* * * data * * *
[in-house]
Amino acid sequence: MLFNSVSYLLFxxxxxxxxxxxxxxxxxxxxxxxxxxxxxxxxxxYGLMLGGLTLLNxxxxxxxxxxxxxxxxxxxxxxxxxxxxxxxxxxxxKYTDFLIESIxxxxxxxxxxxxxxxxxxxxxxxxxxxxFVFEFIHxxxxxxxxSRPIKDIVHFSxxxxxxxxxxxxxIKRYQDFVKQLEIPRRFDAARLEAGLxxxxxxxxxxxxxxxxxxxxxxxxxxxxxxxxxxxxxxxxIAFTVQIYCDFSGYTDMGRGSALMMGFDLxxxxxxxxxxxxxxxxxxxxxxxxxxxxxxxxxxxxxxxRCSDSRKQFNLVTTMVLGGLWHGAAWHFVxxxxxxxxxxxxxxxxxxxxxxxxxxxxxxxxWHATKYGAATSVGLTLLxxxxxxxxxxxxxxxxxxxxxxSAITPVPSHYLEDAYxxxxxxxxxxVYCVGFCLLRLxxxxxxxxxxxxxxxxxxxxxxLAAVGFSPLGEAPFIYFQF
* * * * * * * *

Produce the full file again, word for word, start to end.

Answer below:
[in-house]
Amino acid sequence: MLFNSVSYLLFxxxxxxxxxxxxxxxxxxxxxxxxxxxxxxxxxxYGLMLGGLTLLNxxxxxxxxxxxxxxxxxxxxxxxxxxxxxxxxxxxxKYTDFLIESIxxxxxxxxxxxxxxxxxxxxxxxxxxxxFVFEFIHxxxxxxxxSRPIKDIVHFSxxxxxxxxxxxxxIKRYQDFVKQLEIPRRFDAARLEAGLxxxxxxxxxxxxxxxxxxxxxxxxxxxxxxxxxxxxxxxxIAFTVQIYCDFSGYTDMGRGSALMMGFDLxxxxxxxxxxxxxxxxxxxxxxxxxxxxxxxxxxxxxxxRCSDSRKQFNLVTTMVLGGLWHGAAWHFVxxxxxxxxxxxxxxxxxxxxxxxxxxxxxxxxWHATKYGAATSVGLTLLxxxxxxxxxxxxxxxxxxxxxxSAITPVPSHYLEDAYxxxxxxxxxxVYCVGFCLLRLxxxxxxxxxxxxxxxxxxxxxxLAAVGFSPLGEAPFIYFQF